Even with the latest footage of cruelty to Australian cattle in Vietnam, it's unlikely to see the end of live exports. But could the public's anger change the way politicians address the issue?
The latest horrific footage of the appalling treatment of cattle sent for slaughter in the live export trade is a fresh indictment of Australian authorities.
Animals Australia has exposed that in Vietnam cattle are being sledge-hammered to death and subjected to other brutal practices.
The Australian public will be sickened by these revelations – years after protections were supposed to have been put in place.
Agriculture Minister Barnaby Joyce earlier in the election campaign attacked Labor’s suspension of the live cattle trade to Indonesia. The new footage brings the message that while the minister was slagging off at his political opponents, Joyce and his department as well as the industry were falling down on their responsibilities to ensure proper standards.
Animals Australia’s investigators have documented “extensive live export regulation breaches throughout Vietnam”. They found the sledge-hammering to death of Australian cattle, and “Australian cattle in 11 non-accredited abattoirs, including in a notorious slaughter village where sledge-hammering and water-forcing [pouring water into the cattle with a hose shortly before slaughter to illegally increase the meat weight] are prevalent”.
Joyce said on Thursday night that his department had begun an investigation immediately after receiving the complaint and has met with Vietnamese authorities, which were also inquiring into the allegations.
He said the abattoir at the centre of the most serious allegation was a non-approved facility and it was alleged that Australian cattle were being supplied there “against Australia’s strict rules”.
The industry has suspended the supply of cattle to three abattoirs.
Alison Penfold, CEO of the Australian Livestock Exporters' Council – chaired by former Labor primary industries minister Simon Crean – said said she couldn’t “believe we are back here again after all the work that has gone into control and traceability of Australian cattle over the past 12 months in Vietnam”. That work followed earlier evidence of cruelty.
Penfold said that a plan has been announced in April 2015 to try to address “emerging concerns” as the Vietnamese market grew rapidly.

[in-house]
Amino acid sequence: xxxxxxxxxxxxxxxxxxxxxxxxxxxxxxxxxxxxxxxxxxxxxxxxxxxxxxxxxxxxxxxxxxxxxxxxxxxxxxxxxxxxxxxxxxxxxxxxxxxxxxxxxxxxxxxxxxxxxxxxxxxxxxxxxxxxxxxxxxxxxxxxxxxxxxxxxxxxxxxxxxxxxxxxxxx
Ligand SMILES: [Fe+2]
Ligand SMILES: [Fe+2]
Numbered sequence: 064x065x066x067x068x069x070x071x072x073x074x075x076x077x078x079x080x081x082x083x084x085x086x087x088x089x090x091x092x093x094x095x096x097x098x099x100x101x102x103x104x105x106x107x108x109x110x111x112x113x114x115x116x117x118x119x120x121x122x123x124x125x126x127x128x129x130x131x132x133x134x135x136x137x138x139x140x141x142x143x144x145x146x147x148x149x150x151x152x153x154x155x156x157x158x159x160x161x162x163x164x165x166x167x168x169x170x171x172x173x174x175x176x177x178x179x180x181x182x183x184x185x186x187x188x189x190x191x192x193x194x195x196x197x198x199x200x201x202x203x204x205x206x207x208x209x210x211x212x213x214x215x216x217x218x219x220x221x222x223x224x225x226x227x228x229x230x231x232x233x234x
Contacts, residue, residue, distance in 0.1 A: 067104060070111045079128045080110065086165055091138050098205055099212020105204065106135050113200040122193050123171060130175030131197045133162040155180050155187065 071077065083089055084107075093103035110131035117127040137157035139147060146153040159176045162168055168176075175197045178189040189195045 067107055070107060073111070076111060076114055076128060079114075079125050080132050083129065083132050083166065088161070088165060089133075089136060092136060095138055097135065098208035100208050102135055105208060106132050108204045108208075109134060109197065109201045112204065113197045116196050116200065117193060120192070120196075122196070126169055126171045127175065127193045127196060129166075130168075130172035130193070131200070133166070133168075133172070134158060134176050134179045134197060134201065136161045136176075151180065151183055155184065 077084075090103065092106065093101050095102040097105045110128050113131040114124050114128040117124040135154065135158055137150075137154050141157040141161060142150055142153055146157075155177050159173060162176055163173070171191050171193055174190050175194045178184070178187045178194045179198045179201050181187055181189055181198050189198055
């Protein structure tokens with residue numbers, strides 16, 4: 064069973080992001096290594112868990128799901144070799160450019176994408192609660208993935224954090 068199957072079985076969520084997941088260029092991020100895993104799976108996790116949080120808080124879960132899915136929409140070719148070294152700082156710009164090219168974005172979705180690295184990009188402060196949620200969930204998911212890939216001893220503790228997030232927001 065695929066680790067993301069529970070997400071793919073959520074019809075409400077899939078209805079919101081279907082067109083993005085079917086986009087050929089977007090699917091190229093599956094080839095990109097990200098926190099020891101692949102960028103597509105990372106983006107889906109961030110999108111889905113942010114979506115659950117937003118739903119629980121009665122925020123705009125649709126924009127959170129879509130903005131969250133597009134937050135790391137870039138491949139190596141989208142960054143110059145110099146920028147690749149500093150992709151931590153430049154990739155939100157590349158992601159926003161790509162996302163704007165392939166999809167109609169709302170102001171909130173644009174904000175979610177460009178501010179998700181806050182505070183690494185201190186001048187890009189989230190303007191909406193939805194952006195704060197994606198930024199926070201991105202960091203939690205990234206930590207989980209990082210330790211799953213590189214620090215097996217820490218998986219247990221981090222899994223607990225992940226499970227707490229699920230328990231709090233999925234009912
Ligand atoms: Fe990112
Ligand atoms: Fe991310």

However elaborate that plan, it has clearly not been adequate.
Animals Australia’s Lyn White argues the agriculture department is “hopelessly conflicted” between policing and promoting the export trade. “Nobody can claim they didn’t know it was happening – the exporters knew, the department knew and the minister knew,” she said.
White says an independent office of animal welfare is needed within the attorney-general’s department so it can investigate, prosecute and withdraw licences, and also calls for a full judicial review of the live export industry.
Labor is promising if elected to review the regulatory regime that it put in place five years ago, including its sanctions. It also says it would appoint an inspector-general of animal welfare, as well as have the minister make quarterly reports to parliament on the live export trade, including any allegations or investigation of animal cruelty.
Joyce has been desperate to open new markets and expand existing ones. While the government and industry profess concern that there should be proper control and supervision of stock through the supply chain of the trade, it’s clear they are unable to match their words with effective action.
One has to ask why Animals Australia seems to have a better grasp of what’s going on than the industry, the government or the minister. This has been the case for years. Either those who should be policing standards are incompetent, or animal welfare is pushed down the list of priorities until those supposedly responsible are called out.
Coalition politicians are all too ready to see animal welfare as one of those issues promoted by Greens or independents – unless they feel the public’s anger, when pictures come to light.
The gold standard would be for Australia to phase out of the live export industry instead - in the case of cattle, having processing done in northern Australia. But given this is not going to happen, at the very least the government and industry should raise its oversight ability to the competency displayed by Animals Australia.
Postscript: By chance, Malcolm Turnbull and Joyce are due to be campaigning together on Friday.